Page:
Expats to be jailed only for serious crimes

Updated 09 September 2015
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Expats to be jailed only for serious crimes

JEDDAH: The Interior Ministry has announced that it would detain expatriates only for major offenses, with fines for those with petty violations.
Suleiman Al-Yahya, director of the Passport Department, said that there are procedures in place to ensure expats are fined immediately for minor infractions, a local publication reported on Tuesday.
During a meeting with directors of expat administrative departments in the Kingdom, he said specialized committees would determine whether expats should be detained or fined.
He said detention centers regularly release between 700 and 900 expats responsible for minor violations, such as failing to carry or renew their residence permits. Such violations are subject to financial penalties, he said.
Al-Yahya said the committees determine whether any expat arriving in the Kingdom is wanted by the police.
During the five-hour meeting, representatives discussed ways to improve their departments and processes.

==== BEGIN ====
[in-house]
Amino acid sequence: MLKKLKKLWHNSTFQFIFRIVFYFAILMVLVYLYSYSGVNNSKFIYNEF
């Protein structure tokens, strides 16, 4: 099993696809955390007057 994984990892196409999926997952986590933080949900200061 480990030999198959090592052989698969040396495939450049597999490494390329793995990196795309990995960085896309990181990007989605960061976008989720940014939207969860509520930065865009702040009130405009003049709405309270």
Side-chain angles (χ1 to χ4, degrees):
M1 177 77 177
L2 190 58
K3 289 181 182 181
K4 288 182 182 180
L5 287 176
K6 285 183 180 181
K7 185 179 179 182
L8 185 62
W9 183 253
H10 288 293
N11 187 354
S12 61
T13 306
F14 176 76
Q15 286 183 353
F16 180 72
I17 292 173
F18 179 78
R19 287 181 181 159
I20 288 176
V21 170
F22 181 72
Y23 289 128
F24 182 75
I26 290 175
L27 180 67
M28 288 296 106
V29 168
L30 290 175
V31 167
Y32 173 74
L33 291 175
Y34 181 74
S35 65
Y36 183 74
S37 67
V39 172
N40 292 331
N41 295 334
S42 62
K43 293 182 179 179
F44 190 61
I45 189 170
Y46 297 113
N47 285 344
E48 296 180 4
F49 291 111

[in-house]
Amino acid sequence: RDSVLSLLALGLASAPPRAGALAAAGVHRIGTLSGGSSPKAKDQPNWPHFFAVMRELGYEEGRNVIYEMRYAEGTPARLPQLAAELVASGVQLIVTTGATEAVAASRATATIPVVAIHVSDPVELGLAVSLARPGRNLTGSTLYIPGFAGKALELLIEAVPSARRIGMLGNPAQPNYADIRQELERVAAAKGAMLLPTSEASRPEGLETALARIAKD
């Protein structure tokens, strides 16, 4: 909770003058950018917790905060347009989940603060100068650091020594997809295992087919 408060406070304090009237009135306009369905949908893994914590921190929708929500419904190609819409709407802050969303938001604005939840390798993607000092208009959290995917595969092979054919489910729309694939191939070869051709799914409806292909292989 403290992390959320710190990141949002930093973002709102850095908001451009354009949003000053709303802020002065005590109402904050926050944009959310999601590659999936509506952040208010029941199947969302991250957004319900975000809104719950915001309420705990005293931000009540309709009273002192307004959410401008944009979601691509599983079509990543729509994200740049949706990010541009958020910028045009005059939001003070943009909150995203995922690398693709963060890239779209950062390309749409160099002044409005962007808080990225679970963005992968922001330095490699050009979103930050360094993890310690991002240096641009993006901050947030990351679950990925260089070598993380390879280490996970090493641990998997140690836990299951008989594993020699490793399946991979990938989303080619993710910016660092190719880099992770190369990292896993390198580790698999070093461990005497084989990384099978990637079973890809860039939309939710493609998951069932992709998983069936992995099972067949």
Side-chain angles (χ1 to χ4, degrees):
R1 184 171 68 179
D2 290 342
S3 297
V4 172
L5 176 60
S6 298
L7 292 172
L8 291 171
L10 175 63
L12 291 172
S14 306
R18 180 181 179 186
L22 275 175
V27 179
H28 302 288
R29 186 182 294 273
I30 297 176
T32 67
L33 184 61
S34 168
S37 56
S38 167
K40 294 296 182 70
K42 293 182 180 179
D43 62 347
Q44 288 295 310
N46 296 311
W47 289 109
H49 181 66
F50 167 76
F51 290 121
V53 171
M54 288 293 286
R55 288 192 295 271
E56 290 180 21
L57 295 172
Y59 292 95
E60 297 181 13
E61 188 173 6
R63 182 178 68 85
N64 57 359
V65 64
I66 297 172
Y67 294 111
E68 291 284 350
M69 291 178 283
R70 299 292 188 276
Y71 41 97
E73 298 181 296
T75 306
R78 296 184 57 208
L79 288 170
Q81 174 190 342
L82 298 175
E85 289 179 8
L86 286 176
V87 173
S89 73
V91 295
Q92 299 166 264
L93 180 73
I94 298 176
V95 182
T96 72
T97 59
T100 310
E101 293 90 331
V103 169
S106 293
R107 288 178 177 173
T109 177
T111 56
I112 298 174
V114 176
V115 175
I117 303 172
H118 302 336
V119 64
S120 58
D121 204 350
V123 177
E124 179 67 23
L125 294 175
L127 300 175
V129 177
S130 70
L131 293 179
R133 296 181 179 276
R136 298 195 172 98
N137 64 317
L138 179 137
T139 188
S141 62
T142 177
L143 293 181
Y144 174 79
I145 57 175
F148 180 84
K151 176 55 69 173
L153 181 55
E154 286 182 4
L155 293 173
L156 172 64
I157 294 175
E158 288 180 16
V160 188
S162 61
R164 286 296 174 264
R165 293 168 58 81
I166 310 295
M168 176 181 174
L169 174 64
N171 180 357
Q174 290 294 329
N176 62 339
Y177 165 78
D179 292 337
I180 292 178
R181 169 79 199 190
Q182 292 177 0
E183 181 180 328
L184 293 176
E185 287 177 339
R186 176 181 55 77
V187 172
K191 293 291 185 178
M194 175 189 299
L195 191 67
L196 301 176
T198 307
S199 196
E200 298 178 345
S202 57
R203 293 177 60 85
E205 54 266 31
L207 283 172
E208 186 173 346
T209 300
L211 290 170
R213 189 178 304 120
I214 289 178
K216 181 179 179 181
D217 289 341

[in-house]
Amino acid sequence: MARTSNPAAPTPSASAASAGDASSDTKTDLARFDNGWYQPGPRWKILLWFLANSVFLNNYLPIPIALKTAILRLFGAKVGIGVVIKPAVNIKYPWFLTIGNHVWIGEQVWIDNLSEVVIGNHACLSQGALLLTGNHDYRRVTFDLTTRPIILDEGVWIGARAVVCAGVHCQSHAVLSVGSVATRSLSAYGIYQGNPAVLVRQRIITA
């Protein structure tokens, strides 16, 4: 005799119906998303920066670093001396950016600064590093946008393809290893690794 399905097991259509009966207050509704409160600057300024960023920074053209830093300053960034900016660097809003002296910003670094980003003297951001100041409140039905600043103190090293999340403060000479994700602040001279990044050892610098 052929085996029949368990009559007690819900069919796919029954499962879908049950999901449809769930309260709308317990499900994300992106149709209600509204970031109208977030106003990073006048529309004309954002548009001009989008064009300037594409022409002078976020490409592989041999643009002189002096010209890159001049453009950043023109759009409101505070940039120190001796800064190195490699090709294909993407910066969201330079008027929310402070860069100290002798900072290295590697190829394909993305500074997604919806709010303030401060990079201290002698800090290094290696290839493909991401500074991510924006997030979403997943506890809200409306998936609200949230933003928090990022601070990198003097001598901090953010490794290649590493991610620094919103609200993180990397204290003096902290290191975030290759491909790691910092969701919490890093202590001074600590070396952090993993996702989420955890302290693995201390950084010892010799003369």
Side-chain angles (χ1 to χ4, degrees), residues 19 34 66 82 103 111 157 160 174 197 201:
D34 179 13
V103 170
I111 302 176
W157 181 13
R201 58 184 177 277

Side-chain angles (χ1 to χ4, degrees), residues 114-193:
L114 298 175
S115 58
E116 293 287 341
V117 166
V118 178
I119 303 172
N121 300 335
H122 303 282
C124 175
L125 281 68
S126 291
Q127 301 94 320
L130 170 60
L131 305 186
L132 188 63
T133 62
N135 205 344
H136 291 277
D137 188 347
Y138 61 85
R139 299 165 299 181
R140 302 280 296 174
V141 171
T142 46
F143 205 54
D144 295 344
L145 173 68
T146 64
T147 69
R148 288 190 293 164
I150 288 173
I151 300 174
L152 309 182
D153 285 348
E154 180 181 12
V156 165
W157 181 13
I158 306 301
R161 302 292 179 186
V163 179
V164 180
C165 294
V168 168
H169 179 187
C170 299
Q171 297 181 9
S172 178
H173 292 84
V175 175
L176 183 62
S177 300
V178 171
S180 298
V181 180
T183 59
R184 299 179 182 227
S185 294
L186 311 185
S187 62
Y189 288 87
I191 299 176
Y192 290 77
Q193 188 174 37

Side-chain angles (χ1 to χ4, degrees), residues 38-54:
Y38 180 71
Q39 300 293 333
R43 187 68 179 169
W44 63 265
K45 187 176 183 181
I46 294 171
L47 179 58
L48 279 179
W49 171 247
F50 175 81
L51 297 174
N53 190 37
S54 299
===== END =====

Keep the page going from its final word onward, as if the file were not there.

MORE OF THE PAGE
KSA’s anti-graft agency Nazaha reports rise in corruption complaints

Nazaha has completed investigations into 59 percent of the complaints, with 4.4 percent referred to the Control and Investigation Board. (SPA)
Updated 19 February 2019
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KSA’s anti-graft agency Nazaha reports rise in corruption complaints

  • Nazaha announced the statistics as part of the National Strategy for the Protection of Integrity and Combating Corruption and Vision 2030

JEDDAH: Complaints to the Saudi National Anti-Corruption Commission, Nazaha, have risen by 50 percent in a single year amid increasing efforts to combat financial and administrative misconduct in the Kingdom.
Nazaha received 15,591 reports in 2018 compared with 10,402 the previous year, according to statistics released by the commission.
Financial and administrative corruption cases made up the bulk of the reports.
Nazaha has completed investigations into 59 percent of the complaints, with 4.4 percent referred to the Control and Investigation Board and 3.37 percent to the Kingdom’s Presidency of State Security.
The commission’s smartphone app received 29 percent of the reports, followed by the website at 23.6 percent, while 19.2 percent of the complaints were made in person at Nazaha’s branches. AN Jeddah
Nazaha announced the statistics as part of the National Strategy for the Protection of Integrity and Combating Corruption and Vision 2030.